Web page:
In Green’s Jungles by Gene Wolfe

Paul R. Potts

These notes are excerpted from a rambling blog post. The monograph I mention is included in this collection. I’m still not sure whether it is ready for publication. I’m starting to feel the itch to read The Book of the New Sun yet again, just to see if I can find even more things that I missed in my previous readings.

I worked on a Gene Wolfe novel that has eluded me for a long time — the second part of the Short Sun trilogy, In Green’s Jungles. Wolfe is one of my very favorite writers and I still think that the Book of the New Sun series is pretty much the masterpiece of late-twentieth-century fantasy and science fiction. I think The Shadow of the Torturer is the only book I’ve literally worn to the point of disintegration just by reading the same copy over and over.

But he’s a puzzling writer, and in the later series he gets more puzzling. Reading In Green’s Jungles is like looking through a kaleidoscope held by someone else. As soon as you start to figure out what you’re looking at, and say “Ah! Yes, I think I see what is going on,” he twists the kaleidoscope and says “how about now?” And it’s all a jumble of pretty fragments again.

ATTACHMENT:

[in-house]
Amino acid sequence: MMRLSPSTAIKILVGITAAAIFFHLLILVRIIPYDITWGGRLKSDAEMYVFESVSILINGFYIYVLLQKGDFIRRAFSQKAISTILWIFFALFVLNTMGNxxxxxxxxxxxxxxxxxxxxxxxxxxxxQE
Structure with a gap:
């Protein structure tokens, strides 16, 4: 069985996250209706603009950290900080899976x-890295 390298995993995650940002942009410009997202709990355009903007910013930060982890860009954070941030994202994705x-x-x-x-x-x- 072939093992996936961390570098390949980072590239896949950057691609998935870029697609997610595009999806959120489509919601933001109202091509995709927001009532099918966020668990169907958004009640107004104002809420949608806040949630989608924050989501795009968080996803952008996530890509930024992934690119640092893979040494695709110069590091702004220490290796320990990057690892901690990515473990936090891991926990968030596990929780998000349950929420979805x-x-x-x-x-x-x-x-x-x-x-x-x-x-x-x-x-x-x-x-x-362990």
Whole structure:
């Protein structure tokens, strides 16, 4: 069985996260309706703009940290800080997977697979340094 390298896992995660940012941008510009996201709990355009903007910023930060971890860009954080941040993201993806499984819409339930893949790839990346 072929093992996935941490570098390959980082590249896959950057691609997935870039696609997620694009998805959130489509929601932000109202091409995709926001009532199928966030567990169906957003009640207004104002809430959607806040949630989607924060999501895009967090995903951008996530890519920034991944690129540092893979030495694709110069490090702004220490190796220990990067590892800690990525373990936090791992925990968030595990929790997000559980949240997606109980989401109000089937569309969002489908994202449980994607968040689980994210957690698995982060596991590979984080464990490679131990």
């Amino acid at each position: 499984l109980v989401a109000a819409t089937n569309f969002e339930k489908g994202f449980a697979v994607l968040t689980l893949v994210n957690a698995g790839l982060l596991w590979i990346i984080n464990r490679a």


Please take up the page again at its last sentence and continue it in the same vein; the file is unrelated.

And so these are books that are unsatisfying on a first reading, and even a second reading. I’ve gotten further this time; maybe I’ll even finish the second book. Maybe by the third reading I will be able to plow through the third and final book and feel like I have a sense of what is really going on.

They differ from The Book of the New Sun in that the former series can be read as a straightforward adventure story, and it is satisfying in that way — to a certain extent. Until you realize that Severian’s story doesn’t entirely hold up, and that he is an unreliable narrator, and then you fall naturally into the mystery, and start to form your own theories.

I have a monograph I’m working on, about The Book of the New Sun, but I don’t feel it is quite ready for publication, even on my blog. I feel almost ready to write about the second series, the Long Sun books. The Short Sun books, though, are still largely a blur of glittering fragments to me.

Saginaw, Michigan
June 17, 2013

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